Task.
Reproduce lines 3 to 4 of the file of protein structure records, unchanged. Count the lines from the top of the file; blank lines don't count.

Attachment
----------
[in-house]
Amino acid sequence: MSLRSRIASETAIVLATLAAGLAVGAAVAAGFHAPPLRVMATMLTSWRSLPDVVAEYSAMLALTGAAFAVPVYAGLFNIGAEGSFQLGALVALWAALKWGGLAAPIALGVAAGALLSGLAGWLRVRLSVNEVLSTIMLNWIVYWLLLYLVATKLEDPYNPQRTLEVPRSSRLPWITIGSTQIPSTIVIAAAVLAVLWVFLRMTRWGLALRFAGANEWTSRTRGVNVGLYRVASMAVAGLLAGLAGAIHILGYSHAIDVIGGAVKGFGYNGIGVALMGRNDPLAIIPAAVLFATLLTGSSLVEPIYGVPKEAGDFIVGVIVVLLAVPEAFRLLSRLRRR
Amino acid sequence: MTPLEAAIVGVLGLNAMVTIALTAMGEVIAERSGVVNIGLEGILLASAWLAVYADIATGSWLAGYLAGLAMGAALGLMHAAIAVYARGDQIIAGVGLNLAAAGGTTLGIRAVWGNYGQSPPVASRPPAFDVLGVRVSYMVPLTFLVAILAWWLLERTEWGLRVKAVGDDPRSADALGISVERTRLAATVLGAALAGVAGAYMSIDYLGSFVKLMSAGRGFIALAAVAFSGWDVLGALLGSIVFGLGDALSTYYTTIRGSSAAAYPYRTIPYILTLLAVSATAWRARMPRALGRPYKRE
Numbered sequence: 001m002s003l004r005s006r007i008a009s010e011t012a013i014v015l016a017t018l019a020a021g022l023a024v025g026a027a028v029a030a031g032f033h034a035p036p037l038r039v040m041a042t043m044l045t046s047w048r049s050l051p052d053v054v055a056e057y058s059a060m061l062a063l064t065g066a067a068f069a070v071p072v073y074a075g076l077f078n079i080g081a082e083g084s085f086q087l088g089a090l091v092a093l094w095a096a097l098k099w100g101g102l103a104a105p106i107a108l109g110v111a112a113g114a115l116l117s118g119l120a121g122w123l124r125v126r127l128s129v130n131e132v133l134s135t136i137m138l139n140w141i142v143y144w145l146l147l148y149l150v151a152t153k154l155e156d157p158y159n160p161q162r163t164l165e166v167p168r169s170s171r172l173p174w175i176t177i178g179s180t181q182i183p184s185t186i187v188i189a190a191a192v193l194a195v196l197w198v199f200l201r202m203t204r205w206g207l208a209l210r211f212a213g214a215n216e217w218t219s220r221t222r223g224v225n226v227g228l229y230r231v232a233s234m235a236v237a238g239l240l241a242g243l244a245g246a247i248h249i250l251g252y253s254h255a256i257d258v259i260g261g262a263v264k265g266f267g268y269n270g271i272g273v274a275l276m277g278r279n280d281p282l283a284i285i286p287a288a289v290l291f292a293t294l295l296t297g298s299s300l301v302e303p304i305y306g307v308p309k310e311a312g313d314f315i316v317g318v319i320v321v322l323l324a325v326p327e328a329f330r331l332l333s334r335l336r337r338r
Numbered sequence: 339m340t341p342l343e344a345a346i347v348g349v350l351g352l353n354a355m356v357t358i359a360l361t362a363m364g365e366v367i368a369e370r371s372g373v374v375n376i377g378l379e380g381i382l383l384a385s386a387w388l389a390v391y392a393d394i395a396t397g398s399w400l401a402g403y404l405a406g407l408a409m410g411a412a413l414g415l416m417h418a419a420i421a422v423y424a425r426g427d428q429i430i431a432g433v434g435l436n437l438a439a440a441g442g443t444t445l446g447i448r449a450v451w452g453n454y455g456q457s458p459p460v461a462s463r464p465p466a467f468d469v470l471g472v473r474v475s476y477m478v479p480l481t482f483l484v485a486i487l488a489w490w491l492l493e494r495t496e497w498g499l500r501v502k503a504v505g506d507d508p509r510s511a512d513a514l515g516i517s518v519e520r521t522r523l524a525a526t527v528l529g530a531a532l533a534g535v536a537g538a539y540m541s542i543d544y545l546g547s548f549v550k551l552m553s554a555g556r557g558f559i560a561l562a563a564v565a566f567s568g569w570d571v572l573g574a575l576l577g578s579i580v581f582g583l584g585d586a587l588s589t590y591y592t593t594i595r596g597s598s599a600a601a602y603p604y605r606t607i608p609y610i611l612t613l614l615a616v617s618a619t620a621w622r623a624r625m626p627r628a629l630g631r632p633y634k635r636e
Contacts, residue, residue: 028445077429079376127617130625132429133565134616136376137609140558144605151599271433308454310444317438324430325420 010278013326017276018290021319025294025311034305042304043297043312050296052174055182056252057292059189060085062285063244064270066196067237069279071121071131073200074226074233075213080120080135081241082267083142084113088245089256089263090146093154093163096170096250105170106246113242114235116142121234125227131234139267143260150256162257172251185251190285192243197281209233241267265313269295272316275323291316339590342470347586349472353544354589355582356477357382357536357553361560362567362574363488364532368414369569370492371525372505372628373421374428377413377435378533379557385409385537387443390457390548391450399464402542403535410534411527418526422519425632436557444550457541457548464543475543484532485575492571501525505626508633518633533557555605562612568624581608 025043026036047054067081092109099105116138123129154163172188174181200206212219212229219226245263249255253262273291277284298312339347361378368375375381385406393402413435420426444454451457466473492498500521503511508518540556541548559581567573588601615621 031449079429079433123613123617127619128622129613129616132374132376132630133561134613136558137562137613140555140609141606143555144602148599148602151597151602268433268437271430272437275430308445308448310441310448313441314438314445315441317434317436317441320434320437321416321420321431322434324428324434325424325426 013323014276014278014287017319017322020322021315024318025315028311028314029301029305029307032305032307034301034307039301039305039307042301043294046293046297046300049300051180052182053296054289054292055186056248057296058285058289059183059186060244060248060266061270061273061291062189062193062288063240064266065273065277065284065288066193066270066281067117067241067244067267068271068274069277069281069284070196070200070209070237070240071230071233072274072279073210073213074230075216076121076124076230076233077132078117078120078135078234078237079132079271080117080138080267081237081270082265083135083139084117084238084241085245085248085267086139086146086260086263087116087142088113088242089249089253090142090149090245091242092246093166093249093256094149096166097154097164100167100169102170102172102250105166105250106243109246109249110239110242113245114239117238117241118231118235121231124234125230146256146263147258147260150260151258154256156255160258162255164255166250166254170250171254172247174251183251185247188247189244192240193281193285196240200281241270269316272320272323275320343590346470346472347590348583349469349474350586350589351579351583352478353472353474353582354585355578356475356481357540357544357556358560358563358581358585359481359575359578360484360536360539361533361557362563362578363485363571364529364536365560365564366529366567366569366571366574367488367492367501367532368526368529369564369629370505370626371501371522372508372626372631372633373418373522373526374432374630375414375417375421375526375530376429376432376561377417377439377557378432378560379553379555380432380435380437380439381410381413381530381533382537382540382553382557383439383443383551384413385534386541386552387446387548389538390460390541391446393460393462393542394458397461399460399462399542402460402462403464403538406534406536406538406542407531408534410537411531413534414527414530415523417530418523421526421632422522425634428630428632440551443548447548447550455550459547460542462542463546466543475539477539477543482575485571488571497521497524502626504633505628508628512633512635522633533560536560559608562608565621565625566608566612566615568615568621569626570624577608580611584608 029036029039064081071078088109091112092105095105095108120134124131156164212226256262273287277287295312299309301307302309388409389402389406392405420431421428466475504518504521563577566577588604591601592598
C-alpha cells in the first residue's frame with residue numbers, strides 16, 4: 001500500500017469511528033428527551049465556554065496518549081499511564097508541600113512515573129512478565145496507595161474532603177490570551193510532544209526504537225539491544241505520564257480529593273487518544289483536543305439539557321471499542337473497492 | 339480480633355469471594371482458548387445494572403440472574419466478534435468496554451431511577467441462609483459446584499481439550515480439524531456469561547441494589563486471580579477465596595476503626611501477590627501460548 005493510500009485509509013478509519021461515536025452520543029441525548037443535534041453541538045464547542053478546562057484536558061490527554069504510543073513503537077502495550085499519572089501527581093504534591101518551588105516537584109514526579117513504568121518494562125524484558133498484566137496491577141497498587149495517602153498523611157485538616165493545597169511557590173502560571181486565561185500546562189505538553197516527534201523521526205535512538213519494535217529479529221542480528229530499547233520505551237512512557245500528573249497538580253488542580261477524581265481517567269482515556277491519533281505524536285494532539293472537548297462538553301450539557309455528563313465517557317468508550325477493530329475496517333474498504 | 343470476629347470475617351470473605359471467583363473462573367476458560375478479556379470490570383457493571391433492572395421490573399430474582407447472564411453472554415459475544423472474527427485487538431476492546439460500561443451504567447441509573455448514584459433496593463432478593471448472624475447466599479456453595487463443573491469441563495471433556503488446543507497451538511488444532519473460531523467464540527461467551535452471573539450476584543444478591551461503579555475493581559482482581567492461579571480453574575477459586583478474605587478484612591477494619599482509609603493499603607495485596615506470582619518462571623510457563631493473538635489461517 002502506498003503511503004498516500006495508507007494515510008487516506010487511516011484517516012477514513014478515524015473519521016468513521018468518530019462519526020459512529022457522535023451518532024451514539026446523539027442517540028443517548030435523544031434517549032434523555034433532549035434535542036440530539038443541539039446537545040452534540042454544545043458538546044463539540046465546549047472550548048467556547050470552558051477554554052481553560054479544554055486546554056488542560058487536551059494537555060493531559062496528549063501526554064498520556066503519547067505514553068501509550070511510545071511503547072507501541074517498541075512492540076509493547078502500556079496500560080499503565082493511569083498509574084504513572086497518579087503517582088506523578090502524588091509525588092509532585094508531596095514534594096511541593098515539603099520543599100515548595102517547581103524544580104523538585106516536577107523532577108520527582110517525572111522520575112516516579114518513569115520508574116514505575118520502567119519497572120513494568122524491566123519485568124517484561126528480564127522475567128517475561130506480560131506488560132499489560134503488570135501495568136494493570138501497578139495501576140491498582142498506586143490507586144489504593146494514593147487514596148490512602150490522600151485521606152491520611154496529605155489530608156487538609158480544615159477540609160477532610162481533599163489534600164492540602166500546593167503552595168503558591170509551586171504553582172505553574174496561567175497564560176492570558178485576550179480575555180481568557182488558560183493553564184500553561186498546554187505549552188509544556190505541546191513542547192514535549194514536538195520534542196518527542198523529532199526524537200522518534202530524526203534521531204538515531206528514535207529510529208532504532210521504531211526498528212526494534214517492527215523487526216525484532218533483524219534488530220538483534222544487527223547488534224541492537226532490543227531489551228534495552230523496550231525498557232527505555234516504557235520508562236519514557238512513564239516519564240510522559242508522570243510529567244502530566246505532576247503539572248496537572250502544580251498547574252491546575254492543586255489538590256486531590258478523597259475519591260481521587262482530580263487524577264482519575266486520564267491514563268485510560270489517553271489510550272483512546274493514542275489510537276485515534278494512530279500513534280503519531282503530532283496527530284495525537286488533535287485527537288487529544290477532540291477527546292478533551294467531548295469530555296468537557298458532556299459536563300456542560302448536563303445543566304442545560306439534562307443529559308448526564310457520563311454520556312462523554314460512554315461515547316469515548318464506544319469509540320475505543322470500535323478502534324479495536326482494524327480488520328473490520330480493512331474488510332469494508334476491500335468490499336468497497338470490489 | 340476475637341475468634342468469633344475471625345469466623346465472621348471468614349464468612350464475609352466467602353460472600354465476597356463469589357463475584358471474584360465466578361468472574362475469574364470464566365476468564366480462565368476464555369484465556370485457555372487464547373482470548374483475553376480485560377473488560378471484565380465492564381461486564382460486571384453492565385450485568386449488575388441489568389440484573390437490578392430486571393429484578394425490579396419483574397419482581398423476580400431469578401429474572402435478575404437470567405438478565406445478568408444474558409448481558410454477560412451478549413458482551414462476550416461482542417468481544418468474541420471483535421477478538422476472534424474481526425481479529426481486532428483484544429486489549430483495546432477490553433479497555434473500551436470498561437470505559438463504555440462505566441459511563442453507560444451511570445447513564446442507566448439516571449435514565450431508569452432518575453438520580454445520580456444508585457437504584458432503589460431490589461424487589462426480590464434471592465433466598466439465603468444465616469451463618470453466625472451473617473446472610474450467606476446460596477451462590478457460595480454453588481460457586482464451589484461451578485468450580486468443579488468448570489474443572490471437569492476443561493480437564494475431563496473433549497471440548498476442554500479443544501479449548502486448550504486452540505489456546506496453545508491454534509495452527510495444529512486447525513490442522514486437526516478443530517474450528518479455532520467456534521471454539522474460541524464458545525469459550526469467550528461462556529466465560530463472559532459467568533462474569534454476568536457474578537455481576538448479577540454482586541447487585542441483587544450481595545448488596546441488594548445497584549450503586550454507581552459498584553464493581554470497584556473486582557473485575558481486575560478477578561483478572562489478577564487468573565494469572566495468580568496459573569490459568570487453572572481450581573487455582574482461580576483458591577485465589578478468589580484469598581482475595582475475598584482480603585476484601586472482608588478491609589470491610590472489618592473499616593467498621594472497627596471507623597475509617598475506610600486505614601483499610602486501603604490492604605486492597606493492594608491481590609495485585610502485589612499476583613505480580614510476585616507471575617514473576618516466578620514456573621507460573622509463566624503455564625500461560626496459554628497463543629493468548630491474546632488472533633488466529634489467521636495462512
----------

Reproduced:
Amino acid sequence: MTPLEAAIVGVLGLNAMVTIALTAMGEVIAERSGVVNIGLEGILLASAWLAVYADIATGSWLAGYLAGLAMGAALGLMHAAIAVYARGDQIIAGVGLNLAAAGGTTLGIRAVWGNYGQSPPVASRPPAFDVLGVRVSYMVPLTFLVAILAWWLLERTEWGLRVKAVGDDPRSADALGISVERTRLAATVLGAALAGVAGAYMSIDYLGSFVKLMSAGRGFIALAAVAFSGWDVLGALLGSIVFGLGDALSTYYTTIRGSSAAAYPYRTIPYILTLLAVSATAWRARMPRALGRPYKRE
Numbered sequence: 001m002s003l004r005s006r007i008a009s010e011t012a013i014v015l016a017t018l019a020a021g022l023a024v025g026a027a028v029a030a031g032f033h034a035p036p037l038r039v040m041a042t043m044l045t046s047w048r049s050l051p052d053v054v055a056e057y058s059a060m061l062a063l064t065g066a067a068f069a070v071p072v073y074a075g076l077f078n079i080g081a082e083g084s085f086q087l088g089a090l091v092a093l094w095a096a097l098k099w100g101g102l103a104a105p106i107a108l109g110v111a112a113g114a115l116l117s118g119l120a121g122w123l124r125v126r127l128s129v130n131e132v133l134s135t136i137m138l139n140w141i142v143y144w145l146l147l148y149l150v151a152t153k154l155e156d157p158y159n160p161q162r163t164l165e166v167p168r169s170s171r172l173p174w175i176t177i178g179s180t181q182i183p184s185t186i187v188i189a190a191a192v193l194a195v196l197w198v199f200l201r202m203t204r205w206g207l208a209l210r211f212a213g214a215n216e217w218t219s220r221t222r223g224v225n226v227g228l229y230r231v232a233s234m235a236v237a238g239l240l241a242g243l244a245g246a247i248h249i250l251g252y253s254h255a256i257d258v259i260g261g262a263v264k265g266f267g268y269n270g271i272g273v274a275l276m277g278r279n280d281p282l283a284i285i286p287a288a289v290l291f292a293t294l295l296t297g298s299s300l301v302e303p304i305y306g307v308p309k310e311a312g313d314f315i316v317g318v319i320v321v322l323l324a325v326p327e328a329f330r331l332l333s334r335l336r337r338r